Saying Yes to What’s Around the Next Corner (Podcast)
In the “Beyond Leadership” podcast, Neil Smith, DO, describes his path to the presidency of Cleveland Clinic Fairview Hospital. Making the most of unexpected opportunities is a common theme.
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When Neil Smith, DO, was in school, he was told that he probably didn’t have high enough chemistry or biology scores to study medicine – but he went to med school anyway. When he was in private practice and was offered a chance to buy an urgent care facility, at first it didn’t look like a great idea from a financial standpoint. He turned it into one. And when he was approached by Cleveland Clinic to take a leadership role, he didn’t imagine himself ready for that, either.
In a conversation with Brian Bolwell, MD, for the “Beyond Leadership” podcast, Dr. Smith described the path he took to become president of Cleveland Clinic Fairview Hospital. Taking advantage of unforeseen opportunities is a common theme.
Dr. Bolwell: Can you share a little bit about how you started your career as a physician and ultimately became president of Fairview?
Dr. Smith: Sure. It was kind of a circuitous route. I went to undergrad in St. Louis at St. Louis University, and I got a job afterward working at a hospital in St. Louis called the Jewish Hospital. It’s now part of Barnes Jewish. And I was taking grad-level classes and I got a job as an orderly in an emergency room. And I worked the third shift from 11 at night to 7 in the morning. And my major duties were just stocking the rooms and transporting patients here and there.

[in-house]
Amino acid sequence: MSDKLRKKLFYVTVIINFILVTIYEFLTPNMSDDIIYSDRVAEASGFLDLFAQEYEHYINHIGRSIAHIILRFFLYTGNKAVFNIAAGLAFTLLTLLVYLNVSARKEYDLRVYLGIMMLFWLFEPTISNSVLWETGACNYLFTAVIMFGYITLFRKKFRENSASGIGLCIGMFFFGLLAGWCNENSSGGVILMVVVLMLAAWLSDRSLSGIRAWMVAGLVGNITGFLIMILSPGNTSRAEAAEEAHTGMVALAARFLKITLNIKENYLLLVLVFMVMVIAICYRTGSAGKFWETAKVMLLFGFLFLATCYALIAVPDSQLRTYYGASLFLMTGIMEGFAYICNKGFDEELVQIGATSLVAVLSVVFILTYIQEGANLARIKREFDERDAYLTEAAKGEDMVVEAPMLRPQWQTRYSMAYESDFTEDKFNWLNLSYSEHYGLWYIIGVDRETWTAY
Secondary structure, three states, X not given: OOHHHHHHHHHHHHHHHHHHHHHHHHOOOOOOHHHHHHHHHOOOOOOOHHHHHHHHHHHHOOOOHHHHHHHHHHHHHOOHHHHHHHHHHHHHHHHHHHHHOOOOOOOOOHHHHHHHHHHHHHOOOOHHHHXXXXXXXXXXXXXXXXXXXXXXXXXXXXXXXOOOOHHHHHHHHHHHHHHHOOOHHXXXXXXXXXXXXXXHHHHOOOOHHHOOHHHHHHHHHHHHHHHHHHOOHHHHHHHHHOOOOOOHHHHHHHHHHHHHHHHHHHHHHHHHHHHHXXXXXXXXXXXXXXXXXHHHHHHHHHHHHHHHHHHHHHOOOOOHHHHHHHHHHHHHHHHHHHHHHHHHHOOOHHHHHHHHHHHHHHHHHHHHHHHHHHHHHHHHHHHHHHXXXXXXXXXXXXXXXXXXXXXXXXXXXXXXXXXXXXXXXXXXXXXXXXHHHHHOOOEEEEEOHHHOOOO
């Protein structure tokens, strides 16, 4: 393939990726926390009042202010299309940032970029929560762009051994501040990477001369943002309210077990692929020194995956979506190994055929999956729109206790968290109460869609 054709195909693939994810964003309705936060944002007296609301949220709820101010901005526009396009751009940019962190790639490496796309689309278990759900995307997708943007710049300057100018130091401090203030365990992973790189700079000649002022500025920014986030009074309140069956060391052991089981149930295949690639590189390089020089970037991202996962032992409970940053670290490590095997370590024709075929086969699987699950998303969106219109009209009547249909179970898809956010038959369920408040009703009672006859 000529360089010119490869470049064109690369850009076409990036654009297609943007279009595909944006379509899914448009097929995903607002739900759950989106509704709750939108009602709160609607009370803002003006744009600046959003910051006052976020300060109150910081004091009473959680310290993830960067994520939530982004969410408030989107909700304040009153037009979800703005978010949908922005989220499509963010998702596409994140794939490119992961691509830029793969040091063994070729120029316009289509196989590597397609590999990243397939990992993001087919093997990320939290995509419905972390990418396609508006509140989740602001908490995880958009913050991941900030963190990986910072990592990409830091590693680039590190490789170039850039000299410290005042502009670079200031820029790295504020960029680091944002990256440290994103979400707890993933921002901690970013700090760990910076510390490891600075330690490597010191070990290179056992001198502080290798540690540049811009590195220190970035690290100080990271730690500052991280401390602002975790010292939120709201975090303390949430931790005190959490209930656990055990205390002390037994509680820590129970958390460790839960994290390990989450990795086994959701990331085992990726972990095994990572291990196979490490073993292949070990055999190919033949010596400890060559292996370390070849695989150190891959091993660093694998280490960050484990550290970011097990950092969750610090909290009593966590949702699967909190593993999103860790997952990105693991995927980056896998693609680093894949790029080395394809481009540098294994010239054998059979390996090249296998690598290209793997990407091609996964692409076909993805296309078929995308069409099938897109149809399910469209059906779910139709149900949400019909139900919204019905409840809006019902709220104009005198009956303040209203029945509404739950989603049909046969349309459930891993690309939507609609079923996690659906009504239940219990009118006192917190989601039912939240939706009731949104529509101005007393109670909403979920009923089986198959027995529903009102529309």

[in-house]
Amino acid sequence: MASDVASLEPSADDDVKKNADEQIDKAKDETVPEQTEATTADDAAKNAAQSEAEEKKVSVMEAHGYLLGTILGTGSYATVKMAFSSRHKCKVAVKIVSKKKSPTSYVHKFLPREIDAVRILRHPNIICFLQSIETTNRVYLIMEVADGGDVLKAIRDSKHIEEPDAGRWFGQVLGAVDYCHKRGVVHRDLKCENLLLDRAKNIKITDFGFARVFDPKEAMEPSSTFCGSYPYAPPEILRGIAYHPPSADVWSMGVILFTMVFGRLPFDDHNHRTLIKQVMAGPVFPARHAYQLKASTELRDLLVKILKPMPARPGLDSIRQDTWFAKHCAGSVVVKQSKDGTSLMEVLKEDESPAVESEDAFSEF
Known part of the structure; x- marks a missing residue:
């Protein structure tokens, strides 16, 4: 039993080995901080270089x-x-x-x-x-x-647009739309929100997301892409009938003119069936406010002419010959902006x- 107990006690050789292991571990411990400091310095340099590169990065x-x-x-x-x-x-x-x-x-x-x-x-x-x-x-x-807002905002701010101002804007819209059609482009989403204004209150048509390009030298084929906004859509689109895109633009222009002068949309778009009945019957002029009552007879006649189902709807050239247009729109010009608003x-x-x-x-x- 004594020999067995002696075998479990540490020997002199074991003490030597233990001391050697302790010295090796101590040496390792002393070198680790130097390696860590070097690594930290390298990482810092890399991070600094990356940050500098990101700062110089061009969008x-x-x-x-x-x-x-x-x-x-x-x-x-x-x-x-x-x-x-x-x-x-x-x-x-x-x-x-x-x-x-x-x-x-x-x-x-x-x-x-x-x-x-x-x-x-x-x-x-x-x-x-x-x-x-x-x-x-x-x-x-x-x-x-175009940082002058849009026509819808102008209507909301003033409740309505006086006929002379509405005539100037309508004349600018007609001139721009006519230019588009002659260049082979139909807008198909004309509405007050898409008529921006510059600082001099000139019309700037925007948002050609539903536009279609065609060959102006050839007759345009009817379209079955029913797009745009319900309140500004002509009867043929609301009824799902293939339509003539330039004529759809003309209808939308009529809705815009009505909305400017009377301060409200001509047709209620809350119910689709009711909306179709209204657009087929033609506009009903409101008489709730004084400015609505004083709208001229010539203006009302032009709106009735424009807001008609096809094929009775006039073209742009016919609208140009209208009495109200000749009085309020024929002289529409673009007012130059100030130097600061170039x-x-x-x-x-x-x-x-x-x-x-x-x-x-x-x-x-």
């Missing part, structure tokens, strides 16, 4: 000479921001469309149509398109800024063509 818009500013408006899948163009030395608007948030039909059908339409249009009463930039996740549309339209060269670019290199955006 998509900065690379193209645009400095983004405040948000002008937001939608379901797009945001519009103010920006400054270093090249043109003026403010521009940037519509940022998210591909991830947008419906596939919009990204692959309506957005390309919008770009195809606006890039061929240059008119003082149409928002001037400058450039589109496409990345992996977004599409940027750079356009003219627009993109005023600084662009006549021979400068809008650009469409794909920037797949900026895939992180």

But the emergency room was run by residents, both surgical and medicine residents. And the one thing that residents like more than free food is sleep. We had call rooms off of the emergency room, and it’d be in the middle of the night, and a patient would walk in, and the nurses would put them in the room, and then they didn’t want to wake up the residents because they were generally in a pretty surly mood. So they would say for me to go wake up the residents.
I would knock on the door, and they would ask me, “What’s going on?” And I’d say, “We’ve got a patient here.” They said, “What are they here for, Neil?” I said, “Well, I don’t know.” He said, “Well, go back and find out.” And the reason they were doing this was to just give them more time to sleep.
And after a period of time, they would finally come out and talk to the patient and then start ordering tests. But I would listen to them asking questions to the patients, the timing, when did the shortness of breath start? What makes it better, what makes it worse? And pretty soon I could see that the really good ones could get these patients to tell them exactly what was going on. And I thought that was fascinating.
I did this for two years. I would see more and more cases come through, and they would actually show me what a chest x-ray looked like that was abnormal, or an EKG, or blood work. And I got fascinated by the puzzles of medicine.
I was told in high school that I wasn’t all that good in chemistry or biology. I could never go into medicine. But I realized pretty quickly that even though that has something to do with medicine, if you listen to the patient and you like figuring out what’s going on and what their problems could be, that’s really kind of what it was about. So that inspired me to take more classes and finally apply to med school and get in.